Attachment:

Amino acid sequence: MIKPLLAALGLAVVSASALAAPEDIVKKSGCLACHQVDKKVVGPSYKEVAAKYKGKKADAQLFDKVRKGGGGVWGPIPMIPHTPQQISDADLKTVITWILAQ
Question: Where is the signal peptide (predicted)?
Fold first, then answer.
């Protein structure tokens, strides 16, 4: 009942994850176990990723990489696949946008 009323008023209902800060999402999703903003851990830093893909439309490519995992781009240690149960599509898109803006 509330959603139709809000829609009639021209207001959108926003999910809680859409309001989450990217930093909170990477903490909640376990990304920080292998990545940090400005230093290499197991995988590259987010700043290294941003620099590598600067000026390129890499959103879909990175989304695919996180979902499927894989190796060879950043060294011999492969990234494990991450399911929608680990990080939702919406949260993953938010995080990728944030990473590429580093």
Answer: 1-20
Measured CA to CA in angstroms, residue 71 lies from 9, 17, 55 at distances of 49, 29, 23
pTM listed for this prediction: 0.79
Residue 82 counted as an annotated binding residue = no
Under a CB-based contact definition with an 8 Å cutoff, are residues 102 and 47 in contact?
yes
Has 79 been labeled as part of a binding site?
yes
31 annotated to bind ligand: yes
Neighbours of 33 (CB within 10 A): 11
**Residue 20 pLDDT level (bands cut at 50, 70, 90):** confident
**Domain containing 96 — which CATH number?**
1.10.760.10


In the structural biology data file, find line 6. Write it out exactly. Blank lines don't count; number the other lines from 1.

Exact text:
Measured CA to CA in angstroms, residue 71 lies from 9, 17, 55 at distances of 49, 29, 23